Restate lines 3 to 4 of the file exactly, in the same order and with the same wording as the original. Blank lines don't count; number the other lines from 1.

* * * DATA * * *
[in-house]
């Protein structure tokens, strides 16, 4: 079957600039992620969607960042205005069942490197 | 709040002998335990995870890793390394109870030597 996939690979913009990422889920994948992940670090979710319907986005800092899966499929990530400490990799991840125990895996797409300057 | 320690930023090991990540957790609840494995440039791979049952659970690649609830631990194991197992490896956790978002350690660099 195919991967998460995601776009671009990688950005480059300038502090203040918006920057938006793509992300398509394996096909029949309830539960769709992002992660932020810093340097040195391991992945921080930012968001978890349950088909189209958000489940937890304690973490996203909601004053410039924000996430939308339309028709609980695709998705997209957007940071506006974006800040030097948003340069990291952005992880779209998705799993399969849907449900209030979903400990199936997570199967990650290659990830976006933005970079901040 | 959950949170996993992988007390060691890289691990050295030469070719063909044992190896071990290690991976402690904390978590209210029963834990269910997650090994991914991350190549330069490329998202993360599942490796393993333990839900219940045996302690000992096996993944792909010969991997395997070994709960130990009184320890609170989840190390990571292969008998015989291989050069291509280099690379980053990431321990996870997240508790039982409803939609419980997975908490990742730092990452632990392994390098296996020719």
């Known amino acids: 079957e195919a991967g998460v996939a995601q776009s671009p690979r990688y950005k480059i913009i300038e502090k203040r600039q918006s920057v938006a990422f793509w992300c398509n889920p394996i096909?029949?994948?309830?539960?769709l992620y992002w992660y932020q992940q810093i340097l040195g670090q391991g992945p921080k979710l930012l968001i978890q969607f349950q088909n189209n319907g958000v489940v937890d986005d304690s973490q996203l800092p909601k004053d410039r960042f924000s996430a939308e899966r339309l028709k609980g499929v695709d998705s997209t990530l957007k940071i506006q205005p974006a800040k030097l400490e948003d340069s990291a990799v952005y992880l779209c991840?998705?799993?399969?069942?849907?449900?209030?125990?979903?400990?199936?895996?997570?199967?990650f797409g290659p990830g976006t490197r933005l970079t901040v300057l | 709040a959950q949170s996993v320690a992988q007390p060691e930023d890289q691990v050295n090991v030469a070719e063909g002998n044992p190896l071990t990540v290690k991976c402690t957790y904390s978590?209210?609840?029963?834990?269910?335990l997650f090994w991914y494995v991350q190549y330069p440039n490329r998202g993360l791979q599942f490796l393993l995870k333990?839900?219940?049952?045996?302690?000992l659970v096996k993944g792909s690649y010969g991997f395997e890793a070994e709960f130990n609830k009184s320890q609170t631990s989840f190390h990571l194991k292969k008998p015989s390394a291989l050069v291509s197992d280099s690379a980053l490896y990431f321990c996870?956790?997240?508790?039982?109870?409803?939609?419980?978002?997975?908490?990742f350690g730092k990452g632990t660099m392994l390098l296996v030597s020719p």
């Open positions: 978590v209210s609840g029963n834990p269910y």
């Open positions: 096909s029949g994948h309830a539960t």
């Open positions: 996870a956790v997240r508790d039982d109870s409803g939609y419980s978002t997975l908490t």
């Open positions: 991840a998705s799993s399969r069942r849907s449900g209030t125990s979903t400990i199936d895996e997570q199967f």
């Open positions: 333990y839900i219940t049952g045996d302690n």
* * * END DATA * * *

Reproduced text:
């Known amino acids: 079957e195919a991967g998460v996939a995601q776009s671009p690979r990688y950005k480059i913009i300038e502090k203040r600039q918006s920057v938006a990422f793509w992300c398509n889920p394996i096909?029949?994948?309830?539960?769709l992620y992002w992660y932020q992940q810093i340097l040195g670090q391991g992945p921080k979710l930012l968001i978890q969607f349950q088909n189209n319907g958000v489940v937890d986005d304690s973490q996203l800092p909601k004053d410039r960042f924000s996430a939308e899966r339309l028709k609980g499929v695709d998705s997209t990530l957007k940071i506006q205005p974006a800040k030097l400490e948003d340069s990291a990799v952005y992880l779209c991840?998705?799993?399969?069942?849907?449900?209030?125990?979903?400990?199936?895996?997570?199967?990650f797409g290659p990830g976006t490197r933005l970079t901040v300057l | 709040a959950q949170s996993v320690a992988q007390p060691e930023d890289q691990v050295n090991v030469a070719e063909g002998n044992p190896l071990t990540v290690k991976c402690t957790y904390s978590?209210?609840?029963?834990?269910?335990l997650f090994w991914y494995v991350q190549y330069p440039n490329r998202g993360l791979q599942f490796l393993l995870k333990?839900?219940?049952?045996?302690?000992l659970v096996k993944g792909s690649y010969g991997f395997e890793a070994e709960f130990n609830k009184s320890q609170t631990s989840f190390h990571l194991k292969k008998p015989s390394a291989l050069v291509s197992d280099s690379a980053l490896y990431f321990c996870?956790?997240?508790?039982?109870?409803?939609?419980?978002?997975?908490?990742f350690g730092k990452g632990t660099m392994l390098l296996v030597s020719p």
């Open positions: 978590v209210s609840g029963n834990p269910y």